Wednesday30 July 2014

RIBA falls short on bim, say architects

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BD survey shows a lack of guidance for industry

The majority of architects believe the RIBA is not providing enough guidance on the adoption of bim, according to BD’s latest survey.

The data, gathered exclusively for BD’s Bim White Paper, shows that only a quarter of 369 respondents thought the institute was supporting architects in adopting building information modelling technology. The findings come in the week the RIBA published its bim overlay for the Plan of Work, which will see the first changes to the document since it was published 50 years ago.

Richard Brindley, executive director for membership and professional support at the RIBA, said he was “not surprised” by the survey response, adding: “For some people RIBA can never do enough.”

The institute’s bim overlay aims to make a strong business case for bim, and sets out how to integrate the approach into practice.

Adrian Dobson, RIBA director of practice, said the document would “cut through some of the confusion about bim”, highlighting key aspects through the work stages that architects should be aware of.

  • Outlining the overlay, Dobson said the most important differences to architects’ workflow are:
  • Understanding from the start of the project what the architect and the client are trying to get out of using bim, and finding out who is responsible for the accuracy of the model.
  • Clearly defining dates for key information exchanges between the architect, client and contractor.
  • Making sure systems are in place showing the status of the information within the model.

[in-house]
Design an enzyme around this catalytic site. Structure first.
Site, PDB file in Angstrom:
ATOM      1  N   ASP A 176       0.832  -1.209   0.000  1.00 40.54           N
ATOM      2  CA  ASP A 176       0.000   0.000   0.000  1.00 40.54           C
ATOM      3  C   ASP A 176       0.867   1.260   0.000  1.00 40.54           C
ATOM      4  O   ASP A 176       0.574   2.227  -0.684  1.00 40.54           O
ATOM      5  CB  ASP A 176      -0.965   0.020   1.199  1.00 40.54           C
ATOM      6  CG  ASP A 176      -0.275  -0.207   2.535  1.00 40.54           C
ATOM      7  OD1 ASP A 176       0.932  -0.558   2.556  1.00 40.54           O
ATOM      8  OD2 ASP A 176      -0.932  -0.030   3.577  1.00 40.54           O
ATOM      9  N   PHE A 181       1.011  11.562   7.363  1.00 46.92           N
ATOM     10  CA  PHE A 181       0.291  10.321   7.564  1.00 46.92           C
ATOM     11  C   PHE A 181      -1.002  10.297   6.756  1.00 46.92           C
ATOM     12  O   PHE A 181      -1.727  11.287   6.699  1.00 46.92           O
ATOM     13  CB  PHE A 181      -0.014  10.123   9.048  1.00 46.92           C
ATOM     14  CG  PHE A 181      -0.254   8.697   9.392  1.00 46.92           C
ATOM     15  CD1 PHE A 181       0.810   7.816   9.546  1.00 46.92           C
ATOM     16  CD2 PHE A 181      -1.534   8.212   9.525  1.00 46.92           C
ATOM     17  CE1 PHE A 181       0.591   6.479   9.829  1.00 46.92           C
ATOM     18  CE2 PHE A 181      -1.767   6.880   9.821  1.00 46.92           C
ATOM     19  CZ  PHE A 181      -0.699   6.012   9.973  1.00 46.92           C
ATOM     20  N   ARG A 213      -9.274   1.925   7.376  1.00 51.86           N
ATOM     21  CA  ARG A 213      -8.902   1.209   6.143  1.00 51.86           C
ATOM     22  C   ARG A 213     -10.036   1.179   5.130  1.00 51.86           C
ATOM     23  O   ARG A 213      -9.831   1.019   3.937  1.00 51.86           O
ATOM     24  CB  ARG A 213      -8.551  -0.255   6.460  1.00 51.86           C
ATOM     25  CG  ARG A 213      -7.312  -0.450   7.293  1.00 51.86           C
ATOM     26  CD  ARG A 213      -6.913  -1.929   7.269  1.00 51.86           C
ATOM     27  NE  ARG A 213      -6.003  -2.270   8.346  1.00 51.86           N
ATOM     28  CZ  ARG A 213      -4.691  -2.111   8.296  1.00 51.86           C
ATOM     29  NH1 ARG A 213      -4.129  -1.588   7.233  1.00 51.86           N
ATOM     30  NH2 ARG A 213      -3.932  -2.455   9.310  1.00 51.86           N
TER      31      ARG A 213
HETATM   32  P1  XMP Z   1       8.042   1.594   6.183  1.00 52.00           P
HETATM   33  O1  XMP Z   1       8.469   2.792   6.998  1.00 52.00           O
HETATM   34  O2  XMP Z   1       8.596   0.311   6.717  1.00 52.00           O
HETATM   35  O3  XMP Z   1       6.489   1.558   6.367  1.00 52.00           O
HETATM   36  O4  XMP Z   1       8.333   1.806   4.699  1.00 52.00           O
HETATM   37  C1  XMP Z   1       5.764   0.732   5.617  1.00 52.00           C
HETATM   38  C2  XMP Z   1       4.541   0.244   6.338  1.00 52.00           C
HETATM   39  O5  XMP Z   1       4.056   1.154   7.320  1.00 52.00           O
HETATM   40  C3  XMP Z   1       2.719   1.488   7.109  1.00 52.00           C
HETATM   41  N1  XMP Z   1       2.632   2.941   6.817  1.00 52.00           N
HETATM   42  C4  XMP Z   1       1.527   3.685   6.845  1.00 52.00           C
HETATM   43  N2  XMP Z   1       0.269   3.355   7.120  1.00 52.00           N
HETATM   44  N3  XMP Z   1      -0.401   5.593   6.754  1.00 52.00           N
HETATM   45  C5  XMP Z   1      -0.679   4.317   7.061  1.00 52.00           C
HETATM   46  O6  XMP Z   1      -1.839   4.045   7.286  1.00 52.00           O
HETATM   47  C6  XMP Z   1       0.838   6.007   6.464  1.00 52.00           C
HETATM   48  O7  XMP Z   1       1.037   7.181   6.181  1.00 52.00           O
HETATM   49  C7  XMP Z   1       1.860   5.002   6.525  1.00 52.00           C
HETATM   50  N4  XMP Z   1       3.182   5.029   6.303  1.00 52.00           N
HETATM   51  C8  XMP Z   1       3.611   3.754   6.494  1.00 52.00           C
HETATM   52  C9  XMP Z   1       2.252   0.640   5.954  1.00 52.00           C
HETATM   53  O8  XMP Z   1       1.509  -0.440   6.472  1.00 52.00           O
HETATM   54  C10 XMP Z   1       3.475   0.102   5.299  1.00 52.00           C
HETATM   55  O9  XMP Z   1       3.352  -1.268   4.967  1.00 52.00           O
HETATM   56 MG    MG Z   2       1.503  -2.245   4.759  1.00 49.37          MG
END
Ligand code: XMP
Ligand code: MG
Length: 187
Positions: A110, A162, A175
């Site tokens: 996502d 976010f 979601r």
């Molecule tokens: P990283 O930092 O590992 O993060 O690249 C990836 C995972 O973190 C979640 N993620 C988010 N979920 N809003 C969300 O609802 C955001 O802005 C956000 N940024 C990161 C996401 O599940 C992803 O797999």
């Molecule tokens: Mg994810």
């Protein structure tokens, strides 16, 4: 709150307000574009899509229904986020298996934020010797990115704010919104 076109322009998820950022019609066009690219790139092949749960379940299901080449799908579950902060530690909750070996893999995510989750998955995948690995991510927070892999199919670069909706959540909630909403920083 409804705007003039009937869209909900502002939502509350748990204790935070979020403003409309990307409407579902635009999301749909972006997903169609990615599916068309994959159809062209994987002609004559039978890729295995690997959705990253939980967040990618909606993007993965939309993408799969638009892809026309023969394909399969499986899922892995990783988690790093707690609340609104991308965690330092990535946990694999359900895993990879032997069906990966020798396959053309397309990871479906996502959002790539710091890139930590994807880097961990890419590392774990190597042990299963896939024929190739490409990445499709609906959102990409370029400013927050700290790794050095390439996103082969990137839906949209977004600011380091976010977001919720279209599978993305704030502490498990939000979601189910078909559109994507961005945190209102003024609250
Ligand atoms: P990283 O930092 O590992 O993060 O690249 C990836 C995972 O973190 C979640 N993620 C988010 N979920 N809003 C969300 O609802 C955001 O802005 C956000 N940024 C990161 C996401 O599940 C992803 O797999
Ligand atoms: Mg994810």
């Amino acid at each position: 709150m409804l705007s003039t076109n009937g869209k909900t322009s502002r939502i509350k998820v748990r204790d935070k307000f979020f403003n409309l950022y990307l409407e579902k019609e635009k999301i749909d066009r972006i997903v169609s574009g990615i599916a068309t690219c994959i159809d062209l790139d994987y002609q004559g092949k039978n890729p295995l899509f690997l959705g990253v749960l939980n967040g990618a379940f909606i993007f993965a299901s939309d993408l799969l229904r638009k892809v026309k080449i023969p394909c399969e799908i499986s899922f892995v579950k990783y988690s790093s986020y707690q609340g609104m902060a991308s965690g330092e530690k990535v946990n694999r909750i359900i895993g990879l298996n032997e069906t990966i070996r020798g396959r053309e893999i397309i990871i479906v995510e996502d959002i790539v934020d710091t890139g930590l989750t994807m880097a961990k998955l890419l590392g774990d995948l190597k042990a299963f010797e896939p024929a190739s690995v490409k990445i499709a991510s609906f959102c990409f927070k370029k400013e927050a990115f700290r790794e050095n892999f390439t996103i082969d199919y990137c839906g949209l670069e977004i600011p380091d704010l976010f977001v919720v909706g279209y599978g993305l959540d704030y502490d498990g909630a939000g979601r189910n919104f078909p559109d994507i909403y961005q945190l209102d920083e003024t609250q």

Meanwhile, BD’s survey highlights how much work needs to be done on bim adoption.

It found that half of the profession did not know what the three levels of bim were, as defined by the government, and nearly 55% did not know about Cobie (Construction Operations Building Information Exchange) — the format in which the government wants all practices to supply information by 2016.

However, a fifth of sole practitioners said they were investigating the business case for bim, while all respondents of practices between 25 and 40 architects said they had engaged with bim.

Published this week on bdonline.co.uk, the Bim White Paper includes full results from the survey as well as in-depth case studies of UK practices which have shared their experiences of bim adoption.

This week the RIBA will publish its bim overlay for the RIBA Plan of Work.


Readers' comments (11)

  • In the meantime I guess we are stuck with Tim.

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  • zecks_marquise

    So BD asks RIBA why they haven't pulled their finger out, and all they get is indifference. Why anyone bothers to pay fee to these idiots is beyond belief

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  • The RIBA fails architects and students in so many ways though. What else is new?

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  • BIM
    Give monkeys a type writer and........

    Ziggy knows...

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  • Ps
    It's got nothing to do with the RIBA....

    BIM is a con

    Don't be suckered you fools.....
    Get your pencils out and kill it now !!!

    Ziggy knows...

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  • ...said they had .. engaged...???!! with bim...

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  • RIBA failing 'architects' when it comes to BIM... Does that include Part 2s?

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  • I seem to recall RIBA vacillation and lack of real guidance when CAD was first introduced. Stay with CAD and soft pencils too. Forget BIM for years!

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  • bonvivant

    I intend to follow through the rest of my career without ever using, let alone needing, BIM and I'm younger than I look.

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  • BIM is not simply the future. It is now and architects need to wake up to it or they will simply miss the boat.
    We have moved to BIM software on all new projects.
    Our major clients are now looking to move their future projects to BIM.
    The BIM overlay is a start but it is a bit simplistic an utopian. More guidance is needed on legal issues, levels of model development etc. The AIA in the States seems well ahead of the RIBA on this.

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